Story: The Atomic City Girls is the story of life in Oak Ridge, Tennessee – a government reservation designed and built to produce the uranium needed to create an atomic bomb. As part of the Manhattan Project, even the city itself was top secret. Other than constant reminders that sharing information was a life-threatening security breach though, residents had a fairly routine existence. Emotionally, however, the highs and lows of being in Oak Ridge could take their toll. From a variety of viewpoints and security clearances, Janet Beard shares what it meant to be a part of one of the most famous and destructive engineering projects in history.
None of the buses in and out of Oak Ridge were labeled because officially the city didn’t exist.
Why: As much as I read about WWII, fiction and non-fiction, I’ve never gotten into the Manhattan Project. I saw another review of The Atomic City Girls that referenced Beard’s ability to humanize the topic, and I think that is spot on. My idea of the Manhattan project had always been of scientists in lab coats, so the description of teenage girls being a significant portion of the labor force flipped that on its head. The wheels started turning, questions started popping up, and I was excited to dive in!
The hillside above the valley was treeless and scarred with a large muddy gash. Cranes and trucks appeared to be hard at work building even more facilities there. The scene was stark and industrial and covered in brown dust.
Opinion: Sadly, I liked this book, but it didn’t wow me. The writing is pretty simple and accessible. Construction is straight forward. The content seems well researched and accurate. While those are all solid bones to a novel, what actually pulled me in was the emotional turmoil. Thinking about what it must have been like to be in any of the characters’ positions was a challenge. I think Beard does a great job of establishing how mentally taxing it was to work in that environment – either as someone who knew what was being done, or even as someone who didn’t!
My favorite part, however, was the photos provided by the Department of Energy! Sometimes with historical fiction, it is easy to forget that many novels are deeply rooted in fact and true accounts. For me, seeing snapshots of the real people that lived in Oak Ridge made the moral ambiguity of the situation that much more vivid and moving.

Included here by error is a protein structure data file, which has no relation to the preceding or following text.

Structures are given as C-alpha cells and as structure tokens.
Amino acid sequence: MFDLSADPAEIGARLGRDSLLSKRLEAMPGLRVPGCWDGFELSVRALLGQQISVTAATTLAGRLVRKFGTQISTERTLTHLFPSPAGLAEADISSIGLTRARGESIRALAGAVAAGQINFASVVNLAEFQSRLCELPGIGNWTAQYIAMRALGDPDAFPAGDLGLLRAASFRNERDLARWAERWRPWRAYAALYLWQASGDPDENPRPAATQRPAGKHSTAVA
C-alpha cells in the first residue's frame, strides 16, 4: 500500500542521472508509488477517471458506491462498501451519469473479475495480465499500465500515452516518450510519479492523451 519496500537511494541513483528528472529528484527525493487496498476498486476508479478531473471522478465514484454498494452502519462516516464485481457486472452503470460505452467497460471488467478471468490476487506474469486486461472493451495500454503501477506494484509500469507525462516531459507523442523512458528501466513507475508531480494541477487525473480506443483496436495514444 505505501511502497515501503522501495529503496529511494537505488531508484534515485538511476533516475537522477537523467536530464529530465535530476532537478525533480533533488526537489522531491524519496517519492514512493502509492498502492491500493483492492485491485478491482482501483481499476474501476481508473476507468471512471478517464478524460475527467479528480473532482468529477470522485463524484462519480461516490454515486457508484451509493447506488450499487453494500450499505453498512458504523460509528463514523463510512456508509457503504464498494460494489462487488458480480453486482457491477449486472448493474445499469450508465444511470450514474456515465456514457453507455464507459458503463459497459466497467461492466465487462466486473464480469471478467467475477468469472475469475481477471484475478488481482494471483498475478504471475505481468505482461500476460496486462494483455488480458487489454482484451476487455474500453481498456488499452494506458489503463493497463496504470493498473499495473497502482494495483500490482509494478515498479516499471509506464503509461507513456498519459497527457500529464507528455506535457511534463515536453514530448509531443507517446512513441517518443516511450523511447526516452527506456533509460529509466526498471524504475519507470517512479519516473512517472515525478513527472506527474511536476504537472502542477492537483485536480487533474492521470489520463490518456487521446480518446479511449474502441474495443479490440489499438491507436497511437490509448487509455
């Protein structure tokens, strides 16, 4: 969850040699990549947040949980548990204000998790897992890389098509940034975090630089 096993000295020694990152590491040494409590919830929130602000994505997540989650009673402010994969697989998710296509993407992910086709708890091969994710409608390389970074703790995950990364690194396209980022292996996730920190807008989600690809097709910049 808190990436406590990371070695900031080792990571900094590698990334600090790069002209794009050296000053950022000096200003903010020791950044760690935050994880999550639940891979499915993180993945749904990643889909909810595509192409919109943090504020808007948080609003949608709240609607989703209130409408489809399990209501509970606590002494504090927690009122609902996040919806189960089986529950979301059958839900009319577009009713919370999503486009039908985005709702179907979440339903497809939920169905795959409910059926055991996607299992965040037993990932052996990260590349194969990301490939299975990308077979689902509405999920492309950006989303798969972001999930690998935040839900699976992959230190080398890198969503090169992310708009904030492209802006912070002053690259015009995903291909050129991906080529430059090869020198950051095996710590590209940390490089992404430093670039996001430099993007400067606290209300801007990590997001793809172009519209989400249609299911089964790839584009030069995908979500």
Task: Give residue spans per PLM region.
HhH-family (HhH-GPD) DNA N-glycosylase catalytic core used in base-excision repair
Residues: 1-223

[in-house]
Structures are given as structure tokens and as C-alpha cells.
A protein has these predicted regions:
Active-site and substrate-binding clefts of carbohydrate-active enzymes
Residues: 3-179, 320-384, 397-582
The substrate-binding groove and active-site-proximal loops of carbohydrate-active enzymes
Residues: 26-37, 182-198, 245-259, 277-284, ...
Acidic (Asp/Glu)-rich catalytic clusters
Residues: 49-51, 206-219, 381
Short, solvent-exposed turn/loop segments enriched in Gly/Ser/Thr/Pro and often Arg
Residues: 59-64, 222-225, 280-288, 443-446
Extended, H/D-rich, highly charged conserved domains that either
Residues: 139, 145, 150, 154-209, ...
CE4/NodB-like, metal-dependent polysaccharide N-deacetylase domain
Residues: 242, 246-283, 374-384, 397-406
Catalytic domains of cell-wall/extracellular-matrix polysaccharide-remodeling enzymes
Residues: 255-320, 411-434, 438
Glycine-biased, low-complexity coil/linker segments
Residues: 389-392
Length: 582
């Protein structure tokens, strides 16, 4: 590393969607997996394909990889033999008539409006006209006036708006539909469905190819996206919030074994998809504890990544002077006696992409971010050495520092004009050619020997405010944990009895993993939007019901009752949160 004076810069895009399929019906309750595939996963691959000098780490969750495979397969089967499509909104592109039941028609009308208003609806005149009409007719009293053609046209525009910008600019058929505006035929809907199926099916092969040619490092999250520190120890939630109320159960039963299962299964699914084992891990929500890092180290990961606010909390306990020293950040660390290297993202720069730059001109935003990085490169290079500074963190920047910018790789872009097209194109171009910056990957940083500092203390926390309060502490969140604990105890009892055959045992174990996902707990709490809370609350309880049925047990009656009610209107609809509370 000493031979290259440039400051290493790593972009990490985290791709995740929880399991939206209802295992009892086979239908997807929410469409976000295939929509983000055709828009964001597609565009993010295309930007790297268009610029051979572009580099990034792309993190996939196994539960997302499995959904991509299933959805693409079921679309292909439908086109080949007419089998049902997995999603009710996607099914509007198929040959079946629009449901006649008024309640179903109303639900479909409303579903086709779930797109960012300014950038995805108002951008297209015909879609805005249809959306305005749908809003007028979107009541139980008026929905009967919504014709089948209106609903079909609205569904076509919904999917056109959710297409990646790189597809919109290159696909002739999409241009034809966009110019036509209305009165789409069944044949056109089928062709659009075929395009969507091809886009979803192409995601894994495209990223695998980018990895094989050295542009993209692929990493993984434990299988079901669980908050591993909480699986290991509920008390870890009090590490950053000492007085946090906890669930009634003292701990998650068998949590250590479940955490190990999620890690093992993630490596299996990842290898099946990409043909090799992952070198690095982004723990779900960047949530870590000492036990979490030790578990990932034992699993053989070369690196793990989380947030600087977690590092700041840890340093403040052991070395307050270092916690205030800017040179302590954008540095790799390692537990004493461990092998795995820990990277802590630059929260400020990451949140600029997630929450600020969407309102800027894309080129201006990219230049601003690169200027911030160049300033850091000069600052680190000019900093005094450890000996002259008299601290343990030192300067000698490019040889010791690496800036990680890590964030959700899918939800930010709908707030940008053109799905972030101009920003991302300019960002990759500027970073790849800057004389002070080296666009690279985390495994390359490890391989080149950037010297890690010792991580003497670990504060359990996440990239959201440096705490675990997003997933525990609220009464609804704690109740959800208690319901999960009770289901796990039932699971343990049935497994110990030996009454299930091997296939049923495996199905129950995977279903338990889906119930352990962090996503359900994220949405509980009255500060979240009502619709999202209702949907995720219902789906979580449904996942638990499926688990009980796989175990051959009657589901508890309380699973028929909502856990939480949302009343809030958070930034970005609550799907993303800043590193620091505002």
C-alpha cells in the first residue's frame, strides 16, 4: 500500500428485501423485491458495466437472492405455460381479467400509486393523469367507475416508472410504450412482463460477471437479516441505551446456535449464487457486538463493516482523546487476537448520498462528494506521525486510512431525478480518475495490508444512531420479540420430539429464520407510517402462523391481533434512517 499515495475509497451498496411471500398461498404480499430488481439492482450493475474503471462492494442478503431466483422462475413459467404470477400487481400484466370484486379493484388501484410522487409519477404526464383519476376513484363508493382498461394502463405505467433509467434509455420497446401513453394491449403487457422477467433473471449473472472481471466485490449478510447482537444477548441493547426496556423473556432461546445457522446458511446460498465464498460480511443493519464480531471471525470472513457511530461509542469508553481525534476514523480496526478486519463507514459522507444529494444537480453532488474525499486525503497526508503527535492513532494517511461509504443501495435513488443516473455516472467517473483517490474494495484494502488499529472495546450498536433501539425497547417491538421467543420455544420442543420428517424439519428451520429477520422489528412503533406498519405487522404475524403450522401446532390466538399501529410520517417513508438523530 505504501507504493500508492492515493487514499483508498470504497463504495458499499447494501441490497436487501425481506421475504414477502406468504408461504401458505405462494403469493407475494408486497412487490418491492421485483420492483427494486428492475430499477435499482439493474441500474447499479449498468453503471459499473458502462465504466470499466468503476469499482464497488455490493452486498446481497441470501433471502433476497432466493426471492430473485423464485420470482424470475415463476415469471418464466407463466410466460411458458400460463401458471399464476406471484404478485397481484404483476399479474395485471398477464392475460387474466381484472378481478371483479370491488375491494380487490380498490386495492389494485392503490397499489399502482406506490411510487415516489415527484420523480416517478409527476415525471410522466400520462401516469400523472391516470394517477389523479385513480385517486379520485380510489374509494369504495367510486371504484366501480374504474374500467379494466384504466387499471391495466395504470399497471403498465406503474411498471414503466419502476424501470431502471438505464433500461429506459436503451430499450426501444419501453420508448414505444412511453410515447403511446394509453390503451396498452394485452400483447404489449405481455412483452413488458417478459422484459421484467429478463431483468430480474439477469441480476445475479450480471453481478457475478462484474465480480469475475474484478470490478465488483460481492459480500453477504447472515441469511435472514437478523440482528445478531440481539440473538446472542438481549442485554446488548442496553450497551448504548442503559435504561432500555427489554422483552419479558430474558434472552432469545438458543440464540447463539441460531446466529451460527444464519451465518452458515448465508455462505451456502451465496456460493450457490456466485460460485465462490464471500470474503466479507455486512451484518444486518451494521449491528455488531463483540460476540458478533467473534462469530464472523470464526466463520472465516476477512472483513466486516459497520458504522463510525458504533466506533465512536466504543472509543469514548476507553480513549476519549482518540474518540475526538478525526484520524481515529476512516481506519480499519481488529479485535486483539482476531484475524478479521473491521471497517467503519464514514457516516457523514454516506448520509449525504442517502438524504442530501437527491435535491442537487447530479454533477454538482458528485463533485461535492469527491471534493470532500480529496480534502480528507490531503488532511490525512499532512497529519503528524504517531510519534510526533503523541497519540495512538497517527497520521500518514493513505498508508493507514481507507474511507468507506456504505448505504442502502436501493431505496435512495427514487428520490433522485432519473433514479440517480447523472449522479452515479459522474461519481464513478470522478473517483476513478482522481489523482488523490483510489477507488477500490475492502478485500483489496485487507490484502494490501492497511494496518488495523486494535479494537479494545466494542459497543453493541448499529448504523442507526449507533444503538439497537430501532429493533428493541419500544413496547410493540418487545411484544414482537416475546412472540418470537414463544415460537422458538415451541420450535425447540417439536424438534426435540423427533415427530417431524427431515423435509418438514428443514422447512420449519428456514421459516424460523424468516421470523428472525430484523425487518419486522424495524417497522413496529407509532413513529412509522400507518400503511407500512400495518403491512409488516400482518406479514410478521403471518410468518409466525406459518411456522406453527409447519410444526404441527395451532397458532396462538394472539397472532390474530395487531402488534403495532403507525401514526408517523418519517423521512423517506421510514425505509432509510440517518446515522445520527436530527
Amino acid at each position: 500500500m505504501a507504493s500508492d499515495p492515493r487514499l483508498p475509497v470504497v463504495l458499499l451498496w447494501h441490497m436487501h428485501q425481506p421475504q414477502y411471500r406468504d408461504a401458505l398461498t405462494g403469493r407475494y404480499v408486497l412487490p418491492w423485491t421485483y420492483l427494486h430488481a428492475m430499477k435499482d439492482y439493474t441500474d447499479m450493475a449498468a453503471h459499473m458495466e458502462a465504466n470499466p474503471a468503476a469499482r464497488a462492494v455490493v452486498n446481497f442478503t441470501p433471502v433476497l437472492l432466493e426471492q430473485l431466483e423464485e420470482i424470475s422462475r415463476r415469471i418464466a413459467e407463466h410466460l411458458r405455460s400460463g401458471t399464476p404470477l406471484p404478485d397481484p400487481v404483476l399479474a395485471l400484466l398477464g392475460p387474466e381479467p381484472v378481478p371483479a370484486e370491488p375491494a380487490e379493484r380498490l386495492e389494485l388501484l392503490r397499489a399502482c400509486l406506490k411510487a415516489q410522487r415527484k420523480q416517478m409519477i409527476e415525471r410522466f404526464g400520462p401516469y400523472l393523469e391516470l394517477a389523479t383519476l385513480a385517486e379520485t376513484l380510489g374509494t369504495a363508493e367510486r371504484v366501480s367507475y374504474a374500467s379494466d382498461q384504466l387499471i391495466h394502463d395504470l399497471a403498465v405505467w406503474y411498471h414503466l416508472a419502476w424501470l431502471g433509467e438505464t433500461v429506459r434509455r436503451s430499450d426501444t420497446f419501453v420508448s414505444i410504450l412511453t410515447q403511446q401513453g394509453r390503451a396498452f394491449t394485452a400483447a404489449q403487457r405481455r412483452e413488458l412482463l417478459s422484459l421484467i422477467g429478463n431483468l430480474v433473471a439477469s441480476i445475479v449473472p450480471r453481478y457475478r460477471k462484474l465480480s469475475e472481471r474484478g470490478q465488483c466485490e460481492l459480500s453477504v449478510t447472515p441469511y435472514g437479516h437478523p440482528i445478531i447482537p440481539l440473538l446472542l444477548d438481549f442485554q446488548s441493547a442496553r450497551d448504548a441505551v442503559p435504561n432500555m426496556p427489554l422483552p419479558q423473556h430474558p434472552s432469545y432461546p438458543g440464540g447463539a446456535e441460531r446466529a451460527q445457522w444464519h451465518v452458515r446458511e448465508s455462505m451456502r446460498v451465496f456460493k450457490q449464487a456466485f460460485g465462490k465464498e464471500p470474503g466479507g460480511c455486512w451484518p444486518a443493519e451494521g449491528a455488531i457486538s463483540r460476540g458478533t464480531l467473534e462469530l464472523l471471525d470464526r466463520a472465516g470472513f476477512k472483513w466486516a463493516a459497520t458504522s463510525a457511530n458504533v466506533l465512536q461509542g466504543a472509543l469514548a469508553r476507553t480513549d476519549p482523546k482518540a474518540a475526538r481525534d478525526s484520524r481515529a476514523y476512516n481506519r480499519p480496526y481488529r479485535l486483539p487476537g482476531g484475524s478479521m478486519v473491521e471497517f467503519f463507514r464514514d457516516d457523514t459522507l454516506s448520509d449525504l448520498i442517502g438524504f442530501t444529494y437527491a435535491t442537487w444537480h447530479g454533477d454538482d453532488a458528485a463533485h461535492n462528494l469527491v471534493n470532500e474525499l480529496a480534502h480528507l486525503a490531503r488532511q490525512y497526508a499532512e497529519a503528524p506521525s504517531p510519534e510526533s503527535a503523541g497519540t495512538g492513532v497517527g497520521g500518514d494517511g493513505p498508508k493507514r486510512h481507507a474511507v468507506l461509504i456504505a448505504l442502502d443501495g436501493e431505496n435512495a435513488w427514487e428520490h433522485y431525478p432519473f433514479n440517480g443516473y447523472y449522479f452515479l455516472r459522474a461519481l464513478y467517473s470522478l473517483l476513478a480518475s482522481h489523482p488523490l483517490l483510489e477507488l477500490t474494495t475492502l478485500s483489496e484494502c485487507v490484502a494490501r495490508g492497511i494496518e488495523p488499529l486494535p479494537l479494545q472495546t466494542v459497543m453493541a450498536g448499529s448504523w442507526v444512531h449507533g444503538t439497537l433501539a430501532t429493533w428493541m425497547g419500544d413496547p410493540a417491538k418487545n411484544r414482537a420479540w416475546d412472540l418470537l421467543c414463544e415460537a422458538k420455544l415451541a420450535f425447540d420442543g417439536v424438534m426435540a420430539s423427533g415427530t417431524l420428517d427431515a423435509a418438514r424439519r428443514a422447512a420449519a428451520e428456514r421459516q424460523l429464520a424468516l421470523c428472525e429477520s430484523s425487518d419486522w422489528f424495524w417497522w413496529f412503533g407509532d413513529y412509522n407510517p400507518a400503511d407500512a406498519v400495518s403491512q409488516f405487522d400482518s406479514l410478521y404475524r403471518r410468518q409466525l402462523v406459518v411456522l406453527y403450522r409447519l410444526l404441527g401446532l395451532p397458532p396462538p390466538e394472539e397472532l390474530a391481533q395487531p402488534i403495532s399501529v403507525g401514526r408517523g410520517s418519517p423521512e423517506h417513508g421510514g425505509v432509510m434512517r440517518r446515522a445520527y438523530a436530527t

He cleared his throat. “We are building a bomb that will be a thousand times more powerful than any weapon ever created before.”
Recommendation: I could see this being a great book club choice for a group that enjoys – and can handle – discussing the political and moral dilemmas addressed in this novel. It was also a good, quick read for my fellow WWII junkies that are just as engrossed in that era as I am. I’m not sure if this would fly in a high school classroom, but even as an entry level college course, I could see this book being a good history read regarding WWII and/or segregation in America.
Sam stared at the wood grain of the table. He’d remember this day forever, he knew – this room, these people. This was history.
Journaling Prompts: (If you haven’t read any of my other reviews, I enjoy putting together a few questions about the book for those that have already read, or choose to read the book after viewing this post!)
- Who are the Atomic City girls?
- Are Moriah and Shirley counterparts to June and Cici? What about Ann?
- Compare and contrast Same, Charlie and Mark.
- What purpose does the storyline about Joe serve?
- The physicists all struggle to some degree with what they’re doing. Have you had a situation where you and a friend disagree like Sam and Mark? How did it end?
- Who do you think is the smartest character in this novel? Who succeeds?
Special thanks to TLC Book Tours for the book in exchange for my honest review!